- I set the appropriate date I need to do it by and set a reminder.
If you need to set yourself a Task further to a phone call request or just to set a reminder to do something at a future date, highlight the Tasks folder by clicking on it once and from your Outlook Toolbar press New and it will open a Task for you and you can then proceed as above to set your dates and reminders.
For paper things that I need to remember to follow up on, I put the letter or document in my Wait Bin (which is a tray for things I am waiting on). I create a corresponding Task reminder and write something like this: WAITBIN need to prepare form for production by March 23rd. Then I put a reminder for a few days before. Because I have WAITBIN in my Subject line, I will know that the item is in my Wait Bin when I go to look for it.
Waiting on someone else:
Sometimes I have a Task that I can't do anything with until I hear back from a co-worker. When I get my reminder for the Task, and if I haven't heard back from my co-worker, I follow up with an e-mail to ask them the status and depending on the response, I re-set my reminder for a later date or once the Task is completed, I delete it from my Tasks folder.
I don't want to miss anything:
I have access to my boss's e-mail account and usually schedule a time in my day to look through his Inbox, Sent Items and Deleted Items. I tend to do this at the end of the day, but depending on your boss's needs, you can do it first thing in the morning or beginning and end of day. I look for action items he has requested from someone or they have requested from him. I then *drag and drop these e-mails into my Tasks to follow up on or print them and highlight what he needs to do and by what date and put it in his bring-forward system. Unless you schedule a time to do this, you will be in the account all the time not wanting to miss anything, but that is not an efficient use of your time. My boss knows I just check his account once a day. He will forward or cc me on items he wants me to take action on sooner.
Depending on where you work and who you work for, you may use a combination of these bring-forward systems or may prefer one method over the other. When I worked for a law firm I found using the Outlook Tasks exclusively worked for me, but now that I work as an Executive Assistant to a CEO, the bring-forward hanging file folder system works best, along with setting Tasks as described above.
You have to find a system that works for you and your boss and then use it over and over until it is so routine that you will automatically know where to put something and know what to do to find it later.
I find communicating with your boss about how you are following up and what system you are using will help in how you work together as a team. They will have confidence that you have a plan and that things won't slip through the cracks and will be able to relax and let you do your job.
*When you drag and drop an e-mail from your e-mail account (or your boss's) into Tasks, it does not remove it, it just copies the e-mail contents into the Task Comments Section. The original e-mail stays intact in the folder you got it from. If you drag and drop an e-mail into a folder or subfolder however, it will move it from the one place to the other.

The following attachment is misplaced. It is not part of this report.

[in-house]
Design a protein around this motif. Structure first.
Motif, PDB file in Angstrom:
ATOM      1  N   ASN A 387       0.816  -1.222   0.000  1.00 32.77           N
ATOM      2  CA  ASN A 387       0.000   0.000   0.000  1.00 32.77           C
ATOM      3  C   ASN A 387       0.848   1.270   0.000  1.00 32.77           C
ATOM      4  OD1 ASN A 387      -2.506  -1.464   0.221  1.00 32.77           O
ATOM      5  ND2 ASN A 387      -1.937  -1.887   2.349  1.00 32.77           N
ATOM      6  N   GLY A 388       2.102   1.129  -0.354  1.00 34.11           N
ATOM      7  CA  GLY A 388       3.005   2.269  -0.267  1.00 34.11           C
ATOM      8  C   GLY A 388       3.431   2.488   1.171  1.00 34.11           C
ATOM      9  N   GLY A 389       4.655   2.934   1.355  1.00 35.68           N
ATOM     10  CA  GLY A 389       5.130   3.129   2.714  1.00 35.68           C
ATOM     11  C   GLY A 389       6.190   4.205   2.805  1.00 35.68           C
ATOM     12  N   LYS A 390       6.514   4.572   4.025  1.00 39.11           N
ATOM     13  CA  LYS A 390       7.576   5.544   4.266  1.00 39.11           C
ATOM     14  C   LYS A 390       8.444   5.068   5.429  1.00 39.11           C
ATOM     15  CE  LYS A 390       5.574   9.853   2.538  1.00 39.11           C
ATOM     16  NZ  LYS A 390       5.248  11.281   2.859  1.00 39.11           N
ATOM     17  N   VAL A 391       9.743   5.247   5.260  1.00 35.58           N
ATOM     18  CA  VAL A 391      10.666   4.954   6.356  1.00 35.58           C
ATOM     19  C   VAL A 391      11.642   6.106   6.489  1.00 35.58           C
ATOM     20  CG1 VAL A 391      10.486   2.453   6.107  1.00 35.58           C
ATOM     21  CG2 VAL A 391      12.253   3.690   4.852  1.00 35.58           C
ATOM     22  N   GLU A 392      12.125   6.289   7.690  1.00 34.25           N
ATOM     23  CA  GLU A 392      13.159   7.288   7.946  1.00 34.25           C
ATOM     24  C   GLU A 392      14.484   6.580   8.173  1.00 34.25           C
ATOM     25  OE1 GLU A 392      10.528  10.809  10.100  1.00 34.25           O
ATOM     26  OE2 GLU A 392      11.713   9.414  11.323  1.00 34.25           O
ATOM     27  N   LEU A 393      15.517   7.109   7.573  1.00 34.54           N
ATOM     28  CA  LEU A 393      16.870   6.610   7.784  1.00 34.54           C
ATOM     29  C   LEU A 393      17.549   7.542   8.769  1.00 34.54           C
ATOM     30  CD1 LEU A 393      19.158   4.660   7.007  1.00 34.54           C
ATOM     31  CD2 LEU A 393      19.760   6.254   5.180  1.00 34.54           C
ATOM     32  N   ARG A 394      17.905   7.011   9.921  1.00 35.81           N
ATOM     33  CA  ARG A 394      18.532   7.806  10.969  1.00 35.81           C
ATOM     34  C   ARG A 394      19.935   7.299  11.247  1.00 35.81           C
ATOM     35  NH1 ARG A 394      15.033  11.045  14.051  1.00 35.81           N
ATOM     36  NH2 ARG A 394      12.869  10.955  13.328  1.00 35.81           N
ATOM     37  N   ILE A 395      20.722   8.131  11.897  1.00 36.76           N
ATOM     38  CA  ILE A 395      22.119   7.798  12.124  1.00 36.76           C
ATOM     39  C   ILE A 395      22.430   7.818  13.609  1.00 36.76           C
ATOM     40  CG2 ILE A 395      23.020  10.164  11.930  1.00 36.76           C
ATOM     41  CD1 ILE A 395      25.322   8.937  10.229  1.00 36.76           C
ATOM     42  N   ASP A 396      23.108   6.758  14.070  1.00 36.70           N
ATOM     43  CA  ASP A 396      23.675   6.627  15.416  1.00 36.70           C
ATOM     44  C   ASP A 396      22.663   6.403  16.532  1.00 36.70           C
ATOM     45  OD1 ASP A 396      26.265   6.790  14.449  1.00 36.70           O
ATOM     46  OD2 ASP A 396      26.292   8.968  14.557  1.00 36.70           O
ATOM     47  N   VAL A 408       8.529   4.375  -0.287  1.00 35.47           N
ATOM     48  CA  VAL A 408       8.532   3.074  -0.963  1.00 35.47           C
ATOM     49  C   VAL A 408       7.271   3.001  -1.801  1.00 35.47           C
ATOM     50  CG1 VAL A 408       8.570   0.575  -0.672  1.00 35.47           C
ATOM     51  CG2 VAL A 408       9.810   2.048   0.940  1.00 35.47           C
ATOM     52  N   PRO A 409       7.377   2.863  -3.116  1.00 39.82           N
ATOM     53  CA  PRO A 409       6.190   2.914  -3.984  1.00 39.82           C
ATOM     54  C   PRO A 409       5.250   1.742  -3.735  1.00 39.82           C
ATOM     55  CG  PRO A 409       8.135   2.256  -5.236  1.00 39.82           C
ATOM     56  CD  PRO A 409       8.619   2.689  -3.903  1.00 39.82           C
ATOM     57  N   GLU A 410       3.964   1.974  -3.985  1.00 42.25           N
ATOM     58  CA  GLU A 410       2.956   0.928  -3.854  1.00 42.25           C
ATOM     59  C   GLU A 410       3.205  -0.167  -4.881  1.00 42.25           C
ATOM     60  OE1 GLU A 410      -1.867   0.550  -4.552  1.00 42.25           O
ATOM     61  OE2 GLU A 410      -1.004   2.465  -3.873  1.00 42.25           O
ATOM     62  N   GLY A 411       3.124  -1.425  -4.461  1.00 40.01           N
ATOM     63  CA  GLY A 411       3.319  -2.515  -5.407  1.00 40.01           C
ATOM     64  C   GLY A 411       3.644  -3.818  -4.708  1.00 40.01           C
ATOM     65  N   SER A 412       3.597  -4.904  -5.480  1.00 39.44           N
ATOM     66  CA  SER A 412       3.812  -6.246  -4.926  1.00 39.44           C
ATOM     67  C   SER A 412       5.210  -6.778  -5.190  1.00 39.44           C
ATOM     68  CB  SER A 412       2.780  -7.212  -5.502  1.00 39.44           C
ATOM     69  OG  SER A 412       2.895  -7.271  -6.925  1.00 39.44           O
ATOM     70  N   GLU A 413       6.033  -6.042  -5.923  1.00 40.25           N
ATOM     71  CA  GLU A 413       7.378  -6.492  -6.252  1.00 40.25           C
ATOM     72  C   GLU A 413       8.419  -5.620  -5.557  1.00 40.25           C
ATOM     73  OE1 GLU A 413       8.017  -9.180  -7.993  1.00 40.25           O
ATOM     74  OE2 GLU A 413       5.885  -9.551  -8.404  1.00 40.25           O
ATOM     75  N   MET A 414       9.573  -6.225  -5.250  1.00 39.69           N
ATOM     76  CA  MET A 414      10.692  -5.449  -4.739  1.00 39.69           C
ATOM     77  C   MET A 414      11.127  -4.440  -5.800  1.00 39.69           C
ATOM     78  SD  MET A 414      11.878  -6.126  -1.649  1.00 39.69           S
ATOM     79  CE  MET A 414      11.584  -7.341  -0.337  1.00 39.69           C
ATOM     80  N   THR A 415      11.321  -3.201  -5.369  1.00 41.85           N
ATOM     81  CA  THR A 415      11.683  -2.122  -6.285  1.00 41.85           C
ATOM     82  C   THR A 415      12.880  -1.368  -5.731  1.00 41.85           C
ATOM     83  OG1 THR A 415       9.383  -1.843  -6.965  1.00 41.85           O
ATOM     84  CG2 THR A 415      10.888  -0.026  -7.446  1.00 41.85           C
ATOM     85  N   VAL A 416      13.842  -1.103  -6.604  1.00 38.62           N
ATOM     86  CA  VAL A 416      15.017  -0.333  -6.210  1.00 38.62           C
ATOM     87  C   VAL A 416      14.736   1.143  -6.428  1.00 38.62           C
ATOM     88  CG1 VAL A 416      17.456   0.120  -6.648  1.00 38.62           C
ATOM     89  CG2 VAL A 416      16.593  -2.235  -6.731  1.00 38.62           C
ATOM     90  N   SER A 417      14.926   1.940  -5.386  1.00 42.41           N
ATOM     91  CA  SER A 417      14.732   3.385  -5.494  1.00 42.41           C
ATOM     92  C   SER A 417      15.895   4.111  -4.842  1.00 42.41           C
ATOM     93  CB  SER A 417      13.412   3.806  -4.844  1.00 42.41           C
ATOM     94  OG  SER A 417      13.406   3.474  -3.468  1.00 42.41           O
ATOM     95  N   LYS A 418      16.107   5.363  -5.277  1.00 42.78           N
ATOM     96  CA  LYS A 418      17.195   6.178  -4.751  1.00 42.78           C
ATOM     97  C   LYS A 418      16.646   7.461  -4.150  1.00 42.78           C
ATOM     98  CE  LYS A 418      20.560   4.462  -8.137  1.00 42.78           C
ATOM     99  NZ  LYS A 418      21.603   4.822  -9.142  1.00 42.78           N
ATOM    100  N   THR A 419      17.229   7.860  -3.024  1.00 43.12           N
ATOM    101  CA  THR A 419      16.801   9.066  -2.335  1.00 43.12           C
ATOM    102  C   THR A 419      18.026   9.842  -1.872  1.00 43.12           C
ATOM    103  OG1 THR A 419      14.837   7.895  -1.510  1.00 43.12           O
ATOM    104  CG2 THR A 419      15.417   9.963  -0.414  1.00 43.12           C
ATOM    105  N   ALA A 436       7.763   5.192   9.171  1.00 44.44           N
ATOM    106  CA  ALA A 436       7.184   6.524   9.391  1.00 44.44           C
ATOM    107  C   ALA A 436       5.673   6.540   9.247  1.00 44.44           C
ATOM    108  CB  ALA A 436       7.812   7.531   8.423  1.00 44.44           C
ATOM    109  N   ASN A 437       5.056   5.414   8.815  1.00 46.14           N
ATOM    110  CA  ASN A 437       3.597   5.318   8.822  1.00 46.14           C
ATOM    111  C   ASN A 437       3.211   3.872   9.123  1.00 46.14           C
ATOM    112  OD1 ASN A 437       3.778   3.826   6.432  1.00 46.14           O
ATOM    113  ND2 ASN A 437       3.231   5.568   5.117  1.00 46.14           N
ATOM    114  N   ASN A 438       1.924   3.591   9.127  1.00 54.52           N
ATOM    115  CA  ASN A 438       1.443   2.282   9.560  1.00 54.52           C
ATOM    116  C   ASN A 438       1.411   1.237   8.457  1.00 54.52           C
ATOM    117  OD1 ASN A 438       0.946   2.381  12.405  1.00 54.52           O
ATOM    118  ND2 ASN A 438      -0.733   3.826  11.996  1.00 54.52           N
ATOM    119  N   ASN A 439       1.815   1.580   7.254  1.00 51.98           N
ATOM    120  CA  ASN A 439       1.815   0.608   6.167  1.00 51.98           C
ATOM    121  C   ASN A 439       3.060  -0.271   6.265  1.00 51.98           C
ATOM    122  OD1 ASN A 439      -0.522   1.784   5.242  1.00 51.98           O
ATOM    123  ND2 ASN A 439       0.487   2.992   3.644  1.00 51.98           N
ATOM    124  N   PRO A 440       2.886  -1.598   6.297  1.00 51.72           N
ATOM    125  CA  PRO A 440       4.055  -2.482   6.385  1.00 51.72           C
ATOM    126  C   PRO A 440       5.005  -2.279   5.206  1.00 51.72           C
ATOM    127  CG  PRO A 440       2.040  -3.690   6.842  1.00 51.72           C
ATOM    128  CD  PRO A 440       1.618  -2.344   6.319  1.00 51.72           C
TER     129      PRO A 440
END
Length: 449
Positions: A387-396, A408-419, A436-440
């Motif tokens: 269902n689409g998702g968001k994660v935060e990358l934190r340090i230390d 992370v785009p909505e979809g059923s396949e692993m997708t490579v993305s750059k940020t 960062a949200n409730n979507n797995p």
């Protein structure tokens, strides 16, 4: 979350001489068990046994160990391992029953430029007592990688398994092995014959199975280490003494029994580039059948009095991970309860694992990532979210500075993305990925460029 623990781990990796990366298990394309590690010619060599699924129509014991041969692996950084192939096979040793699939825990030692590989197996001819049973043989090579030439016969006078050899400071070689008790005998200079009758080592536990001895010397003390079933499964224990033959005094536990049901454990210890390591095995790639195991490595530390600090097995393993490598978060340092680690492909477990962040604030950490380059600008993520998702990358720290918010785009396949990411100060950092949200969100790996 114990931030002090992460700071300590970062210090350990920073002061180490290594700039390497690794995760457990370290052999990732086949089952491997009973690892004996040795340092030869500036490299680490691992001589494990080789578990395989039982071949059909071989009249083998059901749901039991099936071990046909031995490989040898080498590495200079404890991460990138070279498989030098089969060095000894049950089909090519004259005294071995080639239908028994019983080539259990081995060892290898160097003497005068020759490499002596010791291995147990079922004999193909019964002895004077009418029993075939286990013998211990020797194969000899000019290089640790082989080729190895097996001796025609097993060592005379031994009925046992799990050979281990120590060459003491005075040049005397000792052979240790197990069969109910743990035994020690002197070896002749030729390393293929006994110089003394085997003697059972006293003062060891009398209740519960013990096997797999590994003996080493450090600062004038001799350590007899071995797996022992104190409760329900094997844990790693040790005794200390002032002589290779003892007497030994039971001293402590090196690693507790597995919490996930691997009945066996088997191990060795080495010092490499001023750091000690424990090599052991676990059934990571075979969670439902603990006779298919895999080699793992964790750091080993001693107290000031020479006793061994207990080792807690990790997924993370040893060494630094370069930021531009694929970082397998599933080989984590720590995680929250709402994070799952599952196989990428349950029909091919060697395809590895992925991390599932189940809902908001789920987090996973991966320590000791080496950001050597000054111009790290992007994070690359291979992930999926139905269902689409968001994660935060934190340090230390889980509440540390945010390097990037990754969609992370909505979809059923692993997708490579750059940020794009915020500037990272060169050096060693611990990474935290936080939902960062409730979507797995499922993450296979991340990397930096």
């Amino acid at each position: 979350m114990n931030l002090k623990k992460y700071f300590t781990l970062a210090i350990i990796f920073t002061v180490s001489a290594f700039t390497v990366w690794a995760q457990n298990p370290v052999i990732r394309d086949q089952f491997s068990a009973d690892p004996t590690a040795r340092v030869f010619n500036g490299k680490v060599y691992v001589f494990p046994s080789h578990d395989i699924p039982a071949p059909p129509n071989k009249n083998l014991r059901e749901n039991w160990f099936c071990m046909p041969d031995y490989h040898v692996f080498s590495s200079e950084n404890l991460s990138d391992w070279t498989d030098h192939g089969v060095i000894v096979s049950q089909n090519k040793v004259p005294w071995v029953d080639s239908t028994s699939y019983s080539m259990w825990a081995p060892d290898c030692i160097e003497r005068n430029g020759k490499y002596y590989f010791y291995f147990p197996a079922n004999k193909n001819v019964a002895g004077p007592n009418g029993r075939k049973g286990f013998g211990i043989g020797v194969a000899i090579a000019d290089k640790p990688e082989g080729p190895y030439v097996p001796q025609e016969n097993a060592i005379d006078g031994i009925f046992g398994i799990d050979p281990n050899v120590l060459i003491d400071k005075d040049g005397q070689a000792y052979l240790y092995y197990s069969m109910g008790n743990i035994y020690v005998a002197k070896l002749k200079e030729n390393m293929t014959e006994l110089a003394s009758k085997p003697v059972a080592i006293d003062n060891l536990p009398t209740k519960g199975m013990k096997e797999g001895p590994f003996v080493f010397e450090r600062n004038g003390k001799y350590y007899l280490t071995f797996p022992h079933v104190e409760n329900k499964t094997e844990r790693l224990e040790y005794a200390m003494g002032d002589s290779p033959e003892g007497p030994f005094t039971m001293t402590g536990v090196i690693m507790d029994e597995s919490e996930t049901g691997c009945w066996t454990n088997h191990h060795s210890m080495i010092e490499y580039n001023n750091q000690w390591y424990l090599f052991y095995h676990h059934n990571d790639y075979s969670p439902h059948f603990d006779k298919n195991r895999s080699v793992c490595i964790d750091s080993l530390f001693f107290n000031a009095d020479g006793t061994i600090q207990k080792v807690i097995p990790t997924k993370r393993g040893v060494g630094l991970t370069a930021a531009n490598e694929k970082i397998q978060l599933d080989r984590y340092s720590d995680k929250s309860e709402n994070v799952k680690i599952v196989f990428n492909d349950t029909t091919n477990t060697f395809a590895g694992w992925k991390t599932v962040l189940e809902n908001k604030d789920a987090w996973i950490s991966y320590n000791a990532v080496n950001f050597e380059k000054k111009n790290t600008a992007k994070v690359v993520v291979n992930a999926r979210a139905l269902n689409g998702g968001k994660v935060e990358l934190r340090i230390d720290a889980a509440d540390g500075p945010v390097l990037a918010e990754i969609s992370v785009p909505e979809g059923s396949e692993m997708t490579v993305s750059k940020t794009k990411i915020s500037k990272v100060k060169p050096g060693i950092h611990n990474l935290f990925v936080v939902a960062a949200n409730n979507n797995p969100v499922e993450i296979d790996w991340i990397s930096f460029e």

8 March 2009
I recently went on a professional development day and one of the speakers spoke about the importance of respect for our co-workers and team members and how that should be reflected in our communications with them. He said we should take time before we answer and that it was all right to say, "I'll get back to you on that" or "Let me think about it."
He also suggested that you have something in your mind as a marker that will help you in your conversations. His was, "What would Jesus say?" He said it was not for religious reasons, but only because he wanted to make sure that what he was saying was going to be the most helpful and not something he would regret in the morning and this worked for him. Another one he suggested was, "How would I feel if someone said that to me?"
Wouldn't it be great if we the took time to think before we answered and instead of going over the conversation in our mind and thinking of what we should have said, we actually waited and said something we could be proud of the next day? It sure would save me a lot of lost sleep...
It can be the same with e-mail. We press Send and regret it.
Something I do if I am contemplating sending an e-mail when I am upset is send it to myself first. I leave my desk, cool down a bit and when I come back, I open the message in my Inbox and read my e-mail again. I then get the full impact my e-mail will have on the recipient and sometimes by doing that I have re-written the whole e-mail and toned it down or not sent it at all.
1 March 2009
Under My Favourites, I have added a Meeting section with some useful sites and combined many of my travel related links under one title simply called Travel. I have also combined all the tutorials, training and other education-related links under the title Training.
I have removed the Google Ads as I thought it took up a lot of space and wasn't very useful and included the index of my articles instead so you could easily scroll through and see a list of the articles that have been posted by date.
I hope this will be more user friendly and accessible to everyone. If you have any favourite sites that you think others would find useful, please send them along and I will add them to the sidebar.